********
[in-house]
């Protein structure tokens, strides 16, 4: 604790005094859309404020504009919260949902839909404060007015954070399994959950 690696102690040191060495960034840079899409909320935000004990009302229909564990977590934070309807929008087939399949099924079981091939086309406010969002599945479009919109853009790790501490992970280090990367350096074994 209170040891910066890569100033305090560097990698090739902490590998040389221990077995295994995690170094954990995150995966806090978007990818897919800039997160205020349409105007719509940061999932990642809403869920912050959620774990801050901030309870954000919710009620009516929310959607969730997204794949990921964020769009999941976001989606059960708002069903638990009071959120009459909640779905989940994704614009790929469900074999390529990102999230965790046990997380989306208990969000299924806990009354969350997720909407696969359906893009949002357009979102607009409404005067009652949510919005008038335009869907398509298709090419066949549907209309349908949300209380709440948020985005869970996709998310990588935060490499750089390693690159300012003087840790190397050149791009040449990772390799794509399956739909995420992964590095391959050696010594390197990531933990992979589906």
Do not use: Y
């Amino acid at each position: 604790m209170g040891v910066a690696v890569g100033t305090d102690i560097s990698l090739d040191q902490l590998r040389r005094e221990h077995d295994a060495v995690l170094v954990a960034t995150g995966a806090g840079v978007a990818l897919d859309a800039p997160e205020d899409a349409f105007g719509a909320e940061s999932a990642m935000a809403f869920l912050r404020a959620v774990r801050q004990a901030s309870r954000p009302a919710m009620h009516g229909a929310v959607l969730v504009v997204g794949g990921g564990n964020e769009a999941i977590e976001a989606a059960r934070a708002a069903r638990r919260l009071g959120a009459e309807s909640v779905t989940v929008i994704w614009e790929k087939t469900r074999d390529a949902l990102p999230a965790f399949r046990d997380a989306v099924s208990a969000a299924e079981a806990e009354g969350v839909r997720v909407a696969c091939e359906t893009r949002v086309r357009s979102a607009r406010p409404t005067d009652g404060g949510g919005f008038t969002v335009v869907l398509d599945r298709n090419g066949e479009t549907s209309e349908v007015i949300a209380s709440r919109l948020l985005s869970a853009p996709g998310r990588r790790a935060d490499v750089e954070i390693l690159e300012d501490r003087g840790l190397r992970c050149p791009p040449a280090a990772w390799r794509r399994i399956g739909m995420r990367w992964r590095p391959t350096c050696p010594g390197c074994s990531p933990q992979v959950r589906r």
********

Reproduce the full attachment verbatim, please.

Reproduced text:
[in-house]
């Protein structure tokens, strides 16, 4: 604790005094859309404020504009919260949902839909404060007015954070399994959950 690696102690040191060495960034840079899409909320935000004990009302229909564990977590934070309807929008087939399949099924079981091939086309406010969002599945479009919109853009790790501490992970280090990367350096074994 209170040891910066890569100033305090560097990698090739902490590998040389221990077995295994995690170094954990995150995966806090978007990818897919800039997160205020349409105007719509940061999932990642809403869920912050959620774990801050901030309870954000919710009620009516929310959607969730997204794949990921964020769009999941976001989606059960708002069903638990009071959120009459909640779905989940994704614009790929469900074999390529990102999230965790046990997380989306208990969000299924806990009354969350997720909407696969359906893009949002357009979102607009409404005067009652949510919005008038335009869907398509298709090419066949549907209309349908949300209380709440948020985005869970996709998310990588935060490499750089390693690159300012003087840790190397050149791009040449990772390799794509399956739909995420992964590095391959050696010594390197990531933990992979589906």
Do not use: Y
């Amino acid at each position: 604790m209170g040891v910066a690696v890569g100033t305090d102690i560097s990698l090739d040191q902490l590998r040389r005094e221990h077995d295994a060495v995690l170094v954990a960034t995150g995966a806090g840079v978007a990818l897919d859309a800039p997160e205020d899409a349409f105007g719509a909320e940061s999932a990642m935000a809403f869920l912050r404020a959620v774990r801050q004990a901030s309870r954000p009302a919710m009620h009516g229909a929310v959607l969730v504009v997204g794949g990921g564990n964020e769009a999941i977590e976001a989606a059960r934070a708002a069903r638990r919260l009071g959120a009459e309807s909640v779905t989940v929008i994704w614009e790929k087939t469900r074999d390529a949902l990102p999230a965790f399949r046990d997380a989306v099924s208990a969000a299924e079981a806990e009354g969350v839909r997720v909407a696969c091939e359906t893009r949002v086309r357009s979102a607009r406010p409404t005067d009652g404060g949510g919005f008038t969002v335009v869907l398509d599945r298709n090419g066949e479009t549907s209309e349908v007015i949300a209380s709440r919109l948020l985005s869970a853009p996709g998310r990588r790790a935060d490499v750089e954070i390693l690159e300012d501490r003087g840790l190397r992970c050149p791009p040449a280090a990772w390799r794509r399994i399956g739909m995420r990367w992964r590095p391959t350096c050696p010594g390197c074994s990531p933990q992979v959950r589906r």